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By Mulengera Reporter

Media freedoms defender Human Rights Network for Journalists (HRNJ-Uganda) has expressed concern over the mistreatment of reporters since government announced measures to prevent the further spread of the deadly Covid19 disease for which Uganda has so far confirmed 48 cases.

On March 18, President Yoweri Museveni issued a raft of directives, including the closure of education institutions and suspension of public gatherings. Days later, Museveni banned public transport before announcing a two-week lockdown, including a 7pm-6:30am curfew, at the start of this week.

According to HRNJ-Uganda Executive Director Robert Ssempala, for weeks since the head-of-state first issued measures, there have been “rampant attacks against journalists in their line of duty.”

The press rights watchdog has detailed accounts of at least seven journalists harassed by security forces countrywide. Some of these were admitted in hospitals after sustaining injuries from assaults.

They include Uganda Radio Network (URN) Bureau Chief in Kitgum district Julius Ocungi who was allegedly assaulted by policemen attached to Kitgum Central Police Station. Ocungi was covering an operation by the Kitgum Resident District Commissioner (RDC) William Komakech and police to close bars when he was assaulted, sustaining injuries on the left eye, thighs, and the right ankle.

“His efforts to open up a case proved futile as police officers in the area were not willing to do so,” said HRNJ in a statement.

Others are: Radio Wa reporter Richard Odongo who was reportedly assaulted by Fedil Opio, the defense secretary of Acini village Menye sub-county in Oyam District on March 26; Radio Apac Production Manager Denis Okello, who was “badly beaten by plain-clothed men presumed to be army officers in front of the radio station just near the reception” on March 30; and NTV Mukono correspondent Daniel Mwesigwa, who was reportedly assaulted by Mukono RDC Fred Bamwine‘s bodyguard on March 31.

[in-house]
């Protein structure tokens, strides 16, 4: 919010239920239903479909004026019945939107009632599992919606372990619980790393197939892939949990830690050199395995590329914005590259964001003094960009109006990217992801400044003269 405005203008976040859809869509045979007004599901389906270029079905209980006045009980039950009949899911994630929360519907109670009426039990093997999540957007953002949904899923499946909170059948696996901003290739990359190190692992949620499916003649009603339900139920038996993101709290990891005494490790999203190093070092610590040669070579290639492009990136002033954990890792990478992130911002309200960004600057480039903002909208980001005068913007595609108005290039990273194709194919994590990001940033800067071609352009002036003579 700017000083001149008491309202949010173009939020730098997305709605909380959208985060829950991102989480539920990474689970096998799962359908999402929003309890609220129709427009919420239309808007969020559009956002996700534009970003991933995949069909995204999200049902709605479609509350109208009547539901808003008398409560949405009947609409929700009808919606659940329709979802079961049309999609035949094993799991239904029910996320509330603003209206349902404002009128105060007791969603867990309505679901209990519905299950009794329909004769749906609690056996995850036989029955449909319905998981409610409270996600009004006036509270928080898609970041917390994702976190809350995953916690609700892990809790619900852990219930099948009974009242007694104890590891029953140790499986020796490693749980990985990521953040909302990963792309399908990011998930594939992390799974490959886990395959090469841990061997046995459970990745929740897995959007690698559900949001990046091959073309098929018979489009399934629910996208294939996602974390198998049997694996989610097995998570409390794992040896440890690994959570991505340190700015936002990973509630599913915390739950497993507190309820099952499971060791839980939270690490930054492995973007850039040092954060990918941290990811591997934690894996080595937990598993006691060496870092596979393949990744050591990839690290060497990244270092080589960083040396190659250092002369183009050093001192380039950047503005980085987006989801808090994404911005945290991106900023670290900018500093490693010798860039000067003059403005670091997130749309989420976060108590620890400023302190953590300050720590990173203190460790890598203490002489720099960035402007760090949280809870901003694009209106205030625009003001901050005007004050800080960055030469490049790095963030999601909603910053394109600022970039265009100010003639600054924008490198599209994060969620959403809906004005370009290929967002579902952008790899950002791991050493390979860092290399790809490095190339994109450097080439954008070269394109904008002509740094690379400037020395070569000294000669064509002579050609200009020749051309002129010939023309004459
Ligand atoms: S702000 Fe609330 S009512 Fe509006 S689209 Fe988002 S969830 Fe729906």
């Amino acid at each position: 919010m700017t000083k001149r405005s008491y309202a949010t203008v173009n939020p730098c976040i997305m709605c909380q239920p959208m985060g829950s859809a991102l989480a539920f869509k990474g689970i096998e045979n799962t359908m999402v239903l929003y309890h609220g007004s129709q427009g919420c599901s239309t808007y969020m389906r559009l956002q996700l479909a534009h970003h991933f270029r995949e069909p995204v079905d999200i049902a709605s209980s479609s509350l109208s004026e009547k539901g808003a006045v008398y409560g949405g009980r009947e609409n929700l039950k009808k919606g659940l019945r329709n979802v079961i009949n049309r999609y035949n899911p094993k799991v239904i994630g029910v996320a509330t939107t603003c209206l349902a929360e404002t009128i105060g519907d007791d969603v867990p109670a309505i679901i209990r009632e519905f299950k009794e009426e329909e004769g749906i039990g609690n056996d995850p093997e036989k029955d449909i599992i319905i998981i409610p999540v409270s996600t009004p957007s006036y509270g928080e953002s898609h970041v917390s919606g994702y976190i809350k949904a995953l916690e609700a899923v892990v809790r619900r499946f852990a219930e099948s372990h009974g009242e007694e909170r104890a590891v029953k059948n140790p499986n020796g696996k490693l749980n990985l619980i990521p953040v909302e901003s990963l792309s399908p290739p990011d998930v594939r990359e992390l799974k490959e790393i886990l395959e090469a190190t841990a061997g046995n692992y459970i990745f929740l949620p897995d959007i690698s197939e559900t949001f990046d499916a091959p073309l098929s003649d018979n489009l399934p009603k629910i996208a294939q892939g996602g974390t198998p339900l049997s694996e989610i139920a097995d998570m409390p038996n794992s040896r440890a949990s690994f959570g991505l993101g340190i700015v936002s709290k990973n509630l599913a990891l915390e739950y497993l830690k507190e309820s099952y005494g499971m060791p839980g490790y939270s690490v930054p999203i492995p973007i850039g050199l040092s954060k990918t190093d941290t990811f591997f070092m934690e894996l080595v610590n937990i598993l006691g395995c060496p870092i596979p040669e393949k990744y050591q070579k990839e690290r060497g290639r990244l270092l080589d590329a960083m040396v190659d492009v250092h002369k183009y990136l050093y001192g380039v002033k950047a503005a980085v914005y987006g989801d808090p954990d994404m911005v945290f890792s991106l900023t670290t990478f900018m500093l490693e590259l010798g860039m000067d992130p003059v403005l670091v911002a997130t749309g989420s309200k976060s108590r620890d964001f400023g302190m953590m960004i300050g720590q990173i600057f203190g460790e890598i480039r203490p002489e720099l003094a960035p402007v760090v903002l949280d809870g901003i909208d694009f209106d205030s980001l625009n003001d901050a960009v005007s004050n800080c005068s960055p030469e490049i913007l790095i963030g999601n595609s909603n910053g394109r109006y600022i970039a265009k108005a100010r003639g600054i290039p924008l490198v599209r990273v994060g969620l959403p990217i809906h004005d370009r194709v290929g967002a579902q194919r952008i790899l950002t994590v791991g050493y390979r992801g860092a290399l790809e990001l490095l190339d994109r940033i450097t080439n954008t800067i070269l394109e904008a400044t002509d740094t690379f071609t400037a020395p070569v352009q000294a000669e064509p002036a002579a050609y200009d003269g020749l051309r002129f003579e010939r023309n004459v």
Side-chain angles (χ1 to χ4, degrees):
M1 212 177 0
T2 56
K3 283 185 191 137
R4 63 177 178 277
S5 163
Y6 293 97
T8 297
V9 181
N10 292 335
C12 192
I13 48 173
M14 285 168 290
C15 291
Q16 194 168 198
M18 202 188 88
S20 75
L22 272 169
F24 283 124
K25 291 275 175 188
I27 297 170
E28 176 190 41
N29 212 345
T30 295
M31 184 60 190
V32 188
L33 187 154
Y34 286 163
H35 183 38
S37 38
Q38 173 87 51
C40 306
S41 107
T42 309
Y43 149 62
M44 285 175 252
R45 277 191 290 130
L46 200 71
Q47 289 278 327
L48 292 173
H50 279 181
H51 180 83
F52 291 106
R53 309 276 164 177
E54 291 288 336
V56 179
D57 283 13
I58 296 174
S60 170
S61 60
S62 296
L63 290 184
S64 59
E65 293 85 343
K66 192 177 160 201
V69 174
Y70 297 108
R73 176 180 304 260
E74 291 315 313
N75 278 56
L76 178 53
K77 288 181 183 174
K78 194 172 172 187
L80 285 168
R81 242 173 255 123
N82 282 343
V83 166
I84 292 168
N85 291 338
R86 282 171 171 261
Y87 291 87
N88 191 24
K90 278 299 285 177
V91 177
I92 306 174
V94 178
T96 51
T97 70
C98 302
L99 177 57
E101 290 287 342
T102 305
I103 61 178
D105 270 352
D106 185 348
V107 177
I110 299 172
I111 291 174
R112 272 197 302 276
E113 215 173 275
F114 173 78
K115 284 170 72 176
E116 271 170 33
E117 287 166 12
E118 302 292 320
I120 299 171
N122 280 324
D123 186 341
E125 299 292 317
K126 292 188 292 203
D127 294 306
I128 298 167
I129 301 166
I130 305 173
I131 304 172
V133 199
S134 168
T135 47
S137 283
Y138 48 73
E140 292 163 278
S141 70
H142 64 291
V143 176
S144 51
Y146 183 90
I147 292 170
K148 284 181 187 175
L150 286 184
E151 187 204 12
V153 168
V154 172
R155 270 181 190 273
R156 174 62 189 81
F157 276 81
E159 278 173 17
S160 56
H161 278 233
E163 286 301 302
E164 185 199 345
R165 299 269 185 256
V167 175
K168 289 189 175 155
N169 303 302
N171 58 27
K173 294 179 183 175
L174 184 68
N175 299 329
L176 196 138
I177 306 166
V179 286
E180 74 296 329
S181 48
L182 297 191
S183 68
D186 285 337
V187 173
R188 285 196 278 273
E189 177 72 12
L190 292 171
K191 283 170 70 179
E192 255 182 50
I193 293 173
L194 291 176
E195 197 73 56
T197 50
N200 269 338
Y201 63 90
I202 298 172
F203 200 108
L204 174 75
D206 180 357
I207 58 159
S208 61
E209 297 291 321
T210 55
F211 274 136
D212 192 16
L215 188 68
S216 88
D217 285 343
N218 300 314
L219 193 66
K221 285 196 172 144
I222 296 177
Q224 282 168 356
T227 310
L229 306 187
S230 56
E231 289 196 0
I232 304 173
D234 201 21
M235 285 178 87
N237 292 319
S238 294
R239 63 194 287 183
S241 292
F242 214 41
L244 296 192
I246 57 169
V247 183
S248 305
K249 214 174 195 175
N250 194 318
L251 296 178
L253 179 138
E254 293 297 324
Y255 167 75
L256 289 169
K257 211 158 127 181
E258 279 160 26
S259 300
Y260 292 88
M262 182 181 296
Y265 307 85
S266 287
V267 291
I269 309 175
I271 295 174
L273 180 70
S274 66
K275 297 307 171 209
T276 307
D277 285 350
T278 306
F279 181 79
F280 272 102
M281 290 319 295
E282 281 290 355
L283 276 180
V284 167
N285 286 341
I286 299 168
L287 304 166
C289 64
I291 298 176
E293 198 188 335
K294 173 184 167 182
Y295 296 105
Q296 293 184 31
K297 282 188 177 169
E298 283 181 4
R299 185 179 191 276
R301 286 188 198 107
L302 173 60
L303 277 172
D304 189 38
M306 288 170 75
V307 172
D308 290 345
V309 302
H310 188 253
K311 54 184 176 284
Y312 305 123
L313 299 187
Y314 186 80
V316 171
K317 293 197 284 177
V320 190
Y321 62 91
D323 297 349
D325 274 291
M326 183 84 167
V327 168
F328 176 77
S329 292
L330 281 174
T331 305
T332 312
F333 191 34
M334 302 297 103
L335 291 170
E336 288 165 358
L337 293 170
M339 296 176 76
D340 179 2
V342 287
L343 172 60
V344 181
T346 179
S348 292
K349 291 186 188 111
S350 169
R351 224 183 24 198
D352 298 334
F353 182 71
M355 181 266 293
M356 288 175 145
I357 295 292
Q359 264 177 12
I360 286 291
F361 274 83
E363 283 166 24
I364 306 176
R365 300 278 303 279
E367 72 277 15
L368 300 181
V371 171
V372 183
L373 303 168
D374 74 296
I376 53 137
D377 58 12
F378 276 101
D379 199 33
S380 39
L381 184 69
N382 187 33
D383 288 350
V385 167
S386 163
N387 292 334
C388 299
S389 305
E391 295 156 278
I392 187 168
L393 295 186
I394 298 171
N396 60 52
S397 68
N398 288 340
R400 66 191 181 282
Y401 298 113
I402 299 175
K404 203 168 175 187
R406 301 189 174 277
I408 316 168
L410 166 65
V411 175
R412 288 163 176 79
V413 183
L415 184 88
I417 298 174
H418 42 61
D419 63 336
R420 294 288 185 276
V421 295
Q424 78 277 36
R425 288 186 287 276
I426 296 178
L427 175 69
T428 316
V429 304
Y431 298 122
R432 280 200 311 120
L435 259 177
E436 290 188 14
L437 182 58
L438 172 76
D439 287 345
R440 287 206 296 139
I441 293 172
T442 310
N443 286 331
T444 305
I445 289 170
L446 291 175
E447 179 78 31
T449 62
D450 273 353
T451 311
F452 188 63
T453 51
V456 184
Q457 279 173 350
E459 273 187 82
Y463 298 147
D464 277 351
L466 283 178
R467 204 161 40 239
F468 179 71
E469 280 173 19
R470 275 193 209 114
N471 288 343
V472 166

Daily Monitor’s Perez Rumanzi was allegedly assaulted by security officers in Ntungamo on April 01 while Radio Simba correspondent Dalton Iga was thumped by LDUs in Mukono on the same day. Both were covering the implementation of the curfew.

The following day, Bukedde TV correspondent David Musisi Kanyankole was reportedly battered at his home in Namayuba, at about 6:30 local time, by Buzira-Njovu Police OC Noor Musoke.

HRNJ-Uganda has since appealed to President Museveni “to prevail over the situation in order to enforce the safety of Journalists who have so far done an excellent job in disseminating information and educating the masses about the Coronavirus pandemic and the campaign to curb its spread.”

“We also urge Journalists to ensure their safety from contracting the disease while in the line of duty. Safety equipment such as face masks and sanitizers should be availed to all Journalists by their media houses in collaboration with the government,” advised Robert Ssempala.

Meanwhile, the National Association of Broadcasters (Nab) has also petitioned ICT and National Guidance Minister Judith Nabakooba over the harassment of media personnel during the lockdown. (See: MEDIA HOUSES PETITION MINISTER NABAKOOBA OVER HARASSMENT OF JOURNALISTS DURING LOCKDOWN).

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